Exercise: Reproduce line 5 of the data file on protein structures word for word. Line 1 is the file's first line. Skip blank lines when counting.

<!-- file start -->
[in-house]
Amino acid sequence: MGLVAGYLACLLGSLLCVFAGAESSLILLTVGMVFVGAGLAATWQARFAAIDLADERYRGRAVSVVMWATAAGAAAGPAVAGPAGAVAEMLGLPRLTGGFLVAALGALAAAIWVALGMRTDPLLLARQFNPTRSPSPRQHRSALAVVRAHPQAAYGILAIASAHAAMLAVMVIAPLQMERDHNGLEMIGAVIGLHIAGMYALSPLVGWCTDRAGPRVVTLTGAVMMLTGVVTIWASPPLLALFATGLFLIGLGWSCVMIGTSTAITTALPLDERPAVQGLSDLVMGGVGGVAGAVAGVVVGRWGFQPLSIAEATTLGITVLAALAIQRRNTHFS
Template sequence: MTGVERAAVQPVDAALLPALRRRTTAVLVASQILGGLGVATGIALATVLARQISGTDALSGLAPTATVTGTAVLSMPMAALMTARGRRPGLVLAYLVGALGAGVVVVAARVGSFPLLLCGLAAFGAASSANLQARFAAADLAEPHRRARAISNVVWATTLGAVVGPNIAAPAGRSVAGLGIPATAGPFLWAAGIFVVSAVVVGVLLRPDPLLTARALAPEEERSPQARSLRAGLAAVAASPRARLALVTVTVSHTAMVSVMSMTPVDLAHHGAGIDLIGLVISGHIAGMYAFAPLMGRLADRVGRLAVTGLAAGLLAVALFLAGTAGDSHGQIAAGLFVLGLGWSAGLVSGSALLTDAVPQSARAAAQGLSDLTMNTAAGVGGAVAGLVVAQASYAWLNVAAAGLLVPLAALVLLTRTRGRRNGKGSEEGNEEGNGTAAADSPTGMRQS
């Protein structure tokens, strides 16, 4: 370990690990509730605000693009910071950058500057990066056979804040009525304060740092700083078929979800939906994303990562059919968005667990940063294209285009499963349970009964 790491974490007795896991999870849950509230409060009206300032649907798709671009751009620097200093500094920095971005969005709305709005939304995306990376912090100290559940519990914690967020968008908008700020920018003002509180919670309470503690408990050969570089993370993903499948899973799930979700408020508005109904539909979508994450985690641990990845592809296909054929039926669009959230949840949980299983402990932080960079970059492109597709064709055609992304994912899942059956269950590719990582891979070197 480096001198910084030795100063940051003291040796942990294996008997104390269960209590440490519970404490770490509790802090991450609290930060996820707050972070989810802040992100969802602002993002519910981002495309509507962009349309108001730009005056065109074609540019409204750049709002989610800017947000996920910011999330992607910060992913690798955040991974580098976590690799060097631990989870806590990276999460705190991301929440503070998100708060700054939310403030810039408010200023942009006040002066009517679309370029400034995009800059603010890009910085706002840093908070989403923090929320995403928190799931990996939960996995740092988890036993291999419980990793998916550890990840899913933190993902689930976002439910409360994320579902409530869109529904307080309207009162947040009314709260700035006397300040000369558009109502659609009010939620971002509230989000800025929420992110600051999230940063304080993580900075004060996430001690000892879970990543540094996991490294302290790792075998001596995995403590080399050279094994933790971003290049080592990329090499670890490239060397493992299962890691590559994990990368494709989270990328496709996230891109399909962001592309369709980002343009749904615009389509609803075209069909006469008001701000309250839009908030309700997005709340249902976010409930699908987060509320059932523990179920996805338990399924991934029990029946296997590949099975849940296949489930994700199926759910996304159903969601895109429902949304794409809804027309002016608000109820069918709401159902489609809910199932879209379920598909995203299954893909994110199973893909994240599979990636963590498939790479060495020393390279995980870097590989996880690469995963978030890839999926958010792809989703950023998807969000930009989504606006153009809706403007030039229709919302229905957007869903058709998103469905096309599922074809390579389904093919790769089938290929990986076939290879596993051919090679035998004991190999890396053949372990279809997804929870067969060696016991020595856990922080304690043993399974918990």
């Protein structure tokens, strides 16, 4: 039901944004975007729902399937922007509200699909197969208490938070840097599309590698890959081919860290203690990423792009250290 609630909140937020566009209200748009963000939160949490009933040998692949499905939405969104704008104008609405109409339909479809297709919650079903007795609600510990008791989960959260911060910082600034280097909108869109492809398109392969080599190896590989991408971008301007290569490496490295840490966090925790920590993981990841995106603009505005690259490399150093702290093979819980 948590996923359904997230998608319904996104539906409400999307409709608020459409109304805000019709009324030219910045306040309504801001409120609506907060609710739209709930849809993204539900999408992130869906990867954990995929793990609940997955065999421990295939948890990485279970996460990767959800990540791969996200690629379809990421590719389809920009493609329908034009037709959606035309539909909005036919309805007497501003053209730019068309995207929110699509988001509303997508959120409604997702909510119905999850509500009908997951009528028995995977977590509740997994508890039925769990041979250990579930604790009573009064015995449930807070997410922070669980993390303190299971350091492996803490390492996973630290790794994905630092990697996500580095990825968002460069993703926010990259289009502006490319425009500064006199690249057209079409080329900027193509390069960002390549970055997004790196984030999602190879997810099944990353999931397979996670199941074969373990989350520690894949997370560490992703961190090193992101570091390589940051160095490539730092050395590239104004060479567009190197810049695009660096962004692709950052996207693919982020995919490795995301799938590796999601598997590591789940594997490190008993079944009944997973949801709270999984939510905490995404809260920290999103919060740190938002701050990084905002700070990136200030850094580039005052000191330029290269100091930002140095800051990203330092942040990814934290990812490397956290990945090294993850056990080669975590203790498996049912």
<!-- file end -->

């Protein structure tokens, strides 16, 4: 039901944004975007729902399937922007509200699909197969208490938070840097599309590698890959081919860290203690990423792009250290 609630909140937020566009209200748009963000939160949490009933040998692949499905939405969104704008104008609405109409339909479809297709919650079903007795609600510990008791989960959260911060910082600034280097909108869109492809398109392969080599190896590989991408971008301007290569490496490295840490966090925790920590993981990841995106603009505005690259490399150093702290093979819980 948590996923359904997230998608319904996104539906409400999307409709608020459409109304805000019709009324030219910045306040309504801001409120609506907060609710739209709930849809993204539900999408992130869906990867954990995929793990609940997955065999421990295939948890990485279970996460990767959800990540791969996200690629379809990421590719389809920009493609329908034009037709959606035309539909909005036919309805007497501003053209730019068309995207929110699509988001509303997508959120409604997702909510119905999850509500009908997951009528028995995977977590509740997994508890039925769990041979250990579930604790009573009064015995449930807070997410922070669980993390303190299971350091492996803490390492996973630290790794994905630092990697996500580095990825968002460069993703926010990259289009502006490319425009500064006199690249057209079409080329900027193509390069960002390549970055997004790196984030999602190879997810099944990353999931397979996670199941074969373990989350520690894949997370560490992703961190090193992101570091390589940051160095490539730092050395590239104004060479567009190197810049695009660096962004692709950052996207693919982020995919490795995301799938590796999601598997590591789940594997490190008993079944009944997973949801709270999984939510905490995404809260920290999103919060740190938002701050990084905002700070990136200030850094580039005052000191330029290269100091930002140095800051990203330092942040990814934290990812490397956290990945090294993850056990080669975590203790498996049912």